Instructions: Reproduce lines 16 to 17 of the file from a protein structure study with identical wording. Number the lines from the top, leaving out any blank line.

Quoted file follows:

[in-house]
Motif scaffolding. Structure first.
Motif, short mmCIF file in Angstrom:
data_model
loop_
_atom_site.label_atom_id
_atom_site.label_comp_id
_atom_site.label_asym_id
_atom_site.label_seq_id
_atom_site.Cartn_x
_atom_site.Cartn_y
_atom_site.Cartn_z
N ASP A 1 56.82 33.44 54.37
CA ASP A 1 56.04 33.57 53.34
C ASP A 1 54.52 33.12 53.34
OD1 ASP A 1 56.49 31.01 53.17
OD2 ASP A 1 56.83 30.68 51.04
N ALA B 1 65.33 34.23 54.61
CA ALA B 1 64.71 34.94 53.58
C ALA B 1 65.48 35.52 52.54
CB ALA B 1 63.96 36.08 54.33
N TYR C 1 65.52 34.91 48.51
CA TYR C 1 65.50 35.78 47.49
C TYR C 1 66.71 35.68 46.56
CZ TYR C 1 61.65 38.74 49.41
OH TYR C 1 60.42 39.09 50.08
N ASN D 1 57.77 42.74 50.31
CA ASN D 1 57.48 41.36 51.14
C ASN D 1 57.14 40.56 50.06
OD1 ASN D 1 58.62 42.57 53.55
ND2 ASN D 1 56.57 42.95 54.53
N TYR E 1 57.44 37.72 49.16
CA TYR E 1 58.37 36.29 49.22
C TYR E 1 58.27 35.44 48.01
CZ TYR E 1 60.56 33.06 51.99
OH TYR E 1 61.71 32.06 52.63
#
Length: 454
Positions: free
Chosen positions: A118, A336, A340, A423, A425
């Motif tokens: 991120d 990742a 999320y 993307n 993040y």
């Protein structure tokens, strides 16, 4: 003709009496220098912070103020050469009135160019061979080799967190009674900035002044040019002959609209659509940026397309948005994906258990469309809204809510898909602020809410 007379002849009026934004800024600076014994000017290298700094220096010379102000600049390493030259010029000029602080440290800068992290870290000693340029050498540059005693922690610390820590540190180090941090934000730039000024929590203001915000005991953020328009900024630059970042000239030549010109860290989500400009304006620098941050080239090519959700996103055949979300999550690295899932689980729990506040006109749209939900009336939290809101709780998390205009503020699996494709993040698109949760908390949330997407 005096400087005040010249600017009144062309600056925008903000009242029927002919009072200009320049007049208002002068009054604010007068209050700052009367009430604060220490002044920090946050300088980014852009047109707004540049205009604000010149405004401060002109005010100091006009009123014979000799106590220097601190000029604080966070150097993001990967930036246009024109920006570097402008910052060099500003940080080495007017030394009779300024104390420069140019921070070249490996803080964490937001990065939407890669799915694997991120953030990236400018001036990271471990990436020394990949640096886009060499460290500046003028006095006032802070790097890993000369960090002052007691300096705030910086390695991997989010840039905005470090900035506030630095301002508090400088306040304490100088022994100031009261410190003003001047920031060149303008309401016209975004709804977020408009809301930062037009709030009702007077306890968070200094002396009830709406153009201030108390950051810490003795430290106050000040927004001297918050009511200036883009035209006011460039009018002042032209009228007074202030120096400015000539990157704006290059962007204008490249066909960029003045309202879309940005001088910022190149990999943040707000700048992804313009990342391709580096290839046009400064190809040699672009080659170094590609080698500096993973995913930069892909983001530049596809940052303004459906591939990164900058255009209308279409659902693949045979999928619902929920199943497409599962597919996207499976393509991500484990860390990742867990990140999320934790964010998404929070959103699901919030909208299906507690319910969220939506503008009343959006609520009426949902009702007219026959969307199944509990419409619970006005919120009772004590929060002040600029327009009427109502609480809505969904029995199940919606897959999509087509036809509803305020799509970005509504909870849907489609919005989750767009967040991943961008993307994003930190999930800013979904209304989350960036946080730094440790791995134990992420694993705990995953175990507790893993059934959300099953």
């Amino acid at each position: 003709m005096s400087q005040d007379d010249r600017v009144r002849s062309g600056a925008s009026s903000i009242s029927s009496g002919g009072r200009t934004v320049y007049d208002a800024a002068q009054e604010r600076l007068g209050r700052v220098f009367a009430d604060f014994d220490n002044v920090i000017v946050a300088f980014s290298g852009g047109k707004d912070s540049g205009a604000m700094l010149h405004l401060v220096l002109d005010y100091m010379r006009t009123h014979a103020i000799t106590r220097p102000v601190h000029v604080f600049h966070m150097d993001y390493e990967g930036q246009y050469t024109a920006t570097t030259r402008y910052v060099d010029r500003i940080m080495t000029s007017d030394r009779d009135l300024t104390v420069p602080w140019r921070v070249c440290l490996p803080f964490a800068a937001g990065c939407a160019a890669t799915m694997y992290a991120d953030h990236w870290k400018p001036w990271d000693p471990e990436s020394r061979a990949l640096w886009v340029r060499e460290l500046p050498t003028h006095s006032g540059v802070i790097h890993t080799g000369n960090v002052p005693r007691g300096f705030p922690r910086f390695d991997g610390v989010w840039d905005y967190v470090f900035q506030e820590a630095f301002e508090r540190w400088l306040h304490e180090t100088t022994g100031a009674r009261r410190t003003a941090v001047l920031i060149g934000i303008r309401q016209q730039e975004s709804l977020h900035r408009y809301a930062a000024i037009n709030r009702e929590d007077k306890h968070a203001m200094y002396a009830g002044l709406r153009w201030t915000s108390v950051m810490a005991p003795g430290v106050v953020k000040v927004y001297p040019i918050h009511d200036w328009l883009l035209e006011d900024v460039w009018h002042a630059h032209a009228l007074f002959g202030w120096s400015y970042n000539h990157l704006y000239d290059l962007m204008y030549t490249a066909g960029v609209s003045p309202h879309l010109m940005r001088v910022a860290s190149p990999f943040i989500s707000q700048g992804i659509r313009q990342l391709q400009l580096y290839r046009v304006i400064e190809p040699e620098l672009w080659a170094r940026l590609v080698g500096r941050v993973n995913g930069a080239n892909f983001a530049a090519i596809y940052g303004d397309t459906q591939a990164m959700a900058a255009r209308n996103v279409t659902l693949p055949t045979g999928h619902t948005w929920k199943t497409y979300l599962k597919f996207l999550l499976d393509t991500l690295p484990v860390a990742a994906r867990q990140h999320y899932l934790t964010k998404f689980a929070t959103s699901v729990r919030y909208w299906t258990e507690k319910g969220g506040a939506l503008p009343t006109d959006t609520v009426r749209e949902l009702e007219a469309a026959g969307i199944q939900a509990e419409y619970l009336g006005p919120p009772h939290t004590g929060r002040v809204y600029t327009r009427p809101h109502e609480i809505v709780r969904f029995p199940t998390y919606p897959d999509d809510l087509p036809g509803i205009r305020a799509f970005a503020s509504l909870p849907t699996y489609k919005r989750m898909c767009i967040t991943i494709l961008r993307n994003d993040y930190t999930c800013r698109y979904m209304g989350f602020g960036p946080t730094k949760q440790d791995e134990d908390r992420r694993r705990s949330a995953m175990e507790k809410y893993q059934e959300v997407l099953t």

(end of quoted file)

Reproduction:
OD1 ASP A 1 56.49 31.01 53.17
OD2 ASP A 1 56.83 30.68 51.04